by Lynn Stevenson
“Sometimes the distance travelled is so great that only parts of you come home.”
It’s a cold wet morning in a West End Ottawa coffee shop. The weather as complex and changeable as the artist opposite me. Ian Tamblyn is a man of many faces – only a few of which grace his homepage: musician, adventurer, playwright. These words don’t come even close to summing up a person who has travelled as far and done as much as this man. Ian Tamblyn has written almost 2000 songs and recorded over 30 independent releases in a career than spans more than three decades.
His sailor’s heart has seen and sung about some of the most remote places in Canada and around the world. Ian’s face is weathered by countless days at sea and the freezing light of icebergs. His photographs are breathtaking. Interviewing him is more than a bit intimidating, but he quickly puts you at ease – revealing yet another face – an everyman – and a wise one – with no delusions about himself or world he moves in. Continue reading
by Lynn Stevenson
“I want to be awake,” says Wakefield singer/songwriter Chris MacLean
explaining why music is not only a passion, but a necessity in her life.
Without being melodramatic, she adds, “I think if I didn’t have either music or painting, I would be dead – these things feed the soul”.
Many things feed the soul of this talented artist – from the rock and water
of her home in West Quebec, her dear friends, meditation or the memory of a special dog who passed away a year ago. Chris MacLean sings about peace, hope and the importance of protecting the environment.
Her pure voice channels compassion on “Nightbird,” for a man she never knew who committed suicide after a struggle with mental illness. But she says she never sets out to write about specific things: “You write what you write – what the muse gives you.”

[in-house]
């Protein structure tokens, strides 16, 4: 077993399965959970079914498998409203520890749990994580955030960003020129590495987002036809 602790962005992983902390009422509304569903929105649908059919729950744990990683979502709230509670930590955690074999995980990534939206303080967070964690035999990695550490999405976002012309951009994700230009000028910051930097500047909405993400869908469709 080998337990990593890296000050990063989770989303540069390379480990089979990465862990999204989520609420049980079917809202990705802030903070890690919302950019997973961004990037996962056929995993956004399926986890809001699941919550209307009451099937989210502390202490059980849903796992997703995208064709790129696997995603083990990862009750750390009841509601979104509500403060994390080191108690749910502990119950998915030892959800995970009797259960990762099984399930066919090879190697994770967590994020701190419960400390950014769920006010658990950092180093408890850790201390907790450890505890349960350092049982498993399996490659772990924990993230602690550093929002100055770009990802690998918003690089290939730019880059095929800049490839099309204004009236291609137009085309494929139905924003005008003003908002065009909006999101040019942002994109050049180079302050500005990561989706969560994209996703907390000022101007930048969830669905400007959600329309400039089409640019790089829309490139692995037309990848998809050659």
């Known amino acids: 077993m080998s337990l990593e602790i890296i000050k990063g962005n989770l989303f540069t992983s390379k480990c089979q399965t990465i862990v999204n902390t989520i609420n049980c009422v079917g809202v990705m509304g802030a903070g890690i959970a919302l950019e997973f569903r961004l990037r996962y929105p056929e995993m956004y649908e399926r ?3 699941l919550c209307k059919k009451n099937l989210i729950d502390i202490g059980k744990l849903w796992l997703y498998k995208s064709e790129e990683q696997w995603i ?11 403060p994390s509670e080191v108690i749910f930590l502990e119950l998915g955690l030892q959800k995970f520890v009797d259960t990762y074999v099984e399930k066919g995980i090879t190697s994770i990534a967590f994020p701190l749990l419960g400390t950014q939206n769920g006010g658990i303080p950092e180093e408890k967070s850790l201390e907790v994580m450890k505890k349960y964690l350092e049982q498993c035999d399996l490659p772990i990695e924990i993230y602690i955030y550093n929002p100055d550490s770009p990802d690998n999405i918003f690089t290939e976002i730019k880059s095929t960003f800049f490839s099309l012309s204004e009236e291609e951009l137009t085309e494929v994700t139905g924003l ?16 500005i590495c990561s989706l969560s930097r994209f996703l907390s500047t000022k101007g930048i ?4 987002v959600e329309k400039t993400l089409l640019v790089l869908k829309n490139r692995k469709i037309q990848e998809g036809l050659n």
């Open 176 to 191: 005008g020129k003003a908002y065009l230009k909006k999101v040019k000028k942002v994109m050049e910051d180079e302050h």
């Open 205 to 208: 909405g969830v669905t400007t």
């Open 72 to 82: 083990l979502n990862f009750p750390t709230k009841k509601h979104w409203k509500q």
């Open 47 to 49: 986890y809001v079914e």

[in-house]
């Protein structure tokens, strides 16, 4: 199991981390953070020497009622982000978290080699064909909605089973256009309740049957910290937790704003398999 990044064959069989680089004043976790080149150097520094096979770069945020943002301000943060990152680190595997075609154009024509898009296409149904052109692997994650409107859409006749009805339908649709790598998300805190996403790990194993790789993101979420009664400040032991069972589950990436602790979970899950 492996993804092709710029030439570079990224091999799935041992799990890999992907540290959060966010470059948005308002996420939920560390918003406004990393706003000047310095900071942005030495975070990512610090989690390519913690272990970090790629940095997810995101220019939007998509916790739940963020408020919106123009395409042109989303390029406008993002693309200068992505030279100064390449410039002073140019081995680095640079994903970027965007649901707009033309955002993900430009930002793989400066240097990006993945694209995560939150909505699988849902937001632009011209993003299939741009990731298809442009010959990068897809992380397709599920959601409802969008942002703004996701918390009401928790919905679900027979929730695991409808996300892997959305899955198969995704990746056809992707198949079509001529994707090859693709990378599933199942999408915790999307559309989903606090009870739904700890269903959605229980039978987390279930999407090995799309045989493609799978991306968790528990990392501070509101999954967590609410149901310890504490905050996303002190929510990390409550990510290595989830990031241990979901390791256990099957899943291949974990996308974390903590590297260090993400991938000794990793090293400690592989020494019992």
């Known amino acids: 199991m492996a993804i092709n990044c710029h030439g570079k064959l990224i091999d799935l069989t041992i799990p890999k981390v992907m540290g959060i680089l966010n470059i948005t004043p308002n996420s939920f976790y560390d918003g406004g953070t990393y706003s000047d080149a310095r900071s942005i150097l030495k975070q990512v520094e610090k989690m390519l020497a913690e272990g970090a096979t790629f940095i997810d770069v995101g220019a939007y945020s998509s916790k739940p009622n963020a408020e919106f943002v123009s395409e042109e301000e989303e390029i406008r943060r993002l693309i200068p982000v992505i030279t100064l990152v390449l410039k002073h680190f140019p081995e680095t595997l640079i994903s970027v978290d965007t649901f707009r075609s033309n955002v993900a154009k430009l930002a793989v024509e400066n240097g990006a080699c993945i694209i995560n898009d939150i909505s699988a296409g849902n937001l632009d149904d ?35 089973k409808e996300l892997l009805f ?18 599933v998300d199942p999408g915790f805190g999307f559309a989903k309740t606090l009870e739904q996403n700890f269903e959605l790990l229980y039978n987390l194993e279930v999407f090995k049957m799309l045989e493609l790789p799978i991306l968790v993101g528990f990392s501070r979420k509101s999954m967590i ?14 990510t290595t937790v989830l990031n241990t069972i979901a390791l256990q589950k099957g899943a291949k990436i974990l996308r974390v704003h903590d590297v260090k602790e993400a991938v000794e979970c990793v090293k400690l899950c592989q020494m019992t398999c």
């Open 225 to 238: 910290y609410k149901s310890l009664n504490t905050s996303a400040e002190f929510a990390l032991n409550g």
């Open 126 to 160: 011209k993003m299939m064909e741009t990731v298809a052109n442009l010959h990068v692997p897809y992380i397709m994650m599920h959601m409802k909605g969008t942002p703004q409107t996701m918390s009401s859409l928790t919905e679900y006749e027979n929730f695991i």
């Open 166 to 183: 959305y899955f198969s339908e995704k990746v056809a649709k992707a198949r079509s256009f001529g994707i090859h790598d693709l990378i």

Her efforts have earned Chris MacLean recognition with awards such as the Colleen Peterson Songwriting Award for “Feet Be Still’ and the OCFF Songs from the Heart Award in the historical category for “Sisters of Charity” – which tells the sad but inspiring tale of a Cree woman and her children struggling against racism and injustice in mid-1800s Manitoba.
Chris has had many struggles of her own in life, but music gives her
hope and makes her smile. Coming home from practice with Fred Guignion (guitar), Stuart Watkins (bass) and Beth Cahill (mandolin and vocals) she describes it as one of her happiest days in weeks. While it hasn’t been easy, Chris knows that music is what she was meant to do.
Chris MacLean’s interest in music started at an early age. She composed and sang folk songs and played in a bluegrass band as a young adult before marriage and children took her away from it for well over a decade. Coming back to it in her late 30s, she was struck by narrow attitude of the music industry. Despite considerable talent, she was told she was basically too old to make it in the business. This was a frustrating aspect of the youth culture that she says dominates life here. It is not something you find in eastern cultures, where experience is honoured and respected.
But Chris did not let that attitude stop her. “I guess I am just stubborn,” she says. Now at 53, with two CDs: Learn to Be Loved (2000) and Feet Be Still, (2009), many successful collaborations and awards to her credit – Chris has proved them wrong. “I feel like life is just beginning.” And for fans of this talented performer – that is a very good thing indeed.
Chris was a core member of world music ensemble GALITCHA as well as FRIDA’S BROW, which was nominated as Best Vocal Group in the 2008 Canadian Folk Music Awards. She currently performs solo accompanied by Fred Guignion and Stuart Watkins. She can be seen
occasionally with The POMELOS, a collective of female songwriters; TLC (Tannis Slimmon, Laura Bird and Chris) and also as a backup vocalist with Ian Tambyln.
Chris will be joined on March 21st by Fred and Stuart along with special guest Beth Cahill as part of the Spirit of Rasputin’s concert series at the Elmdale Tavern.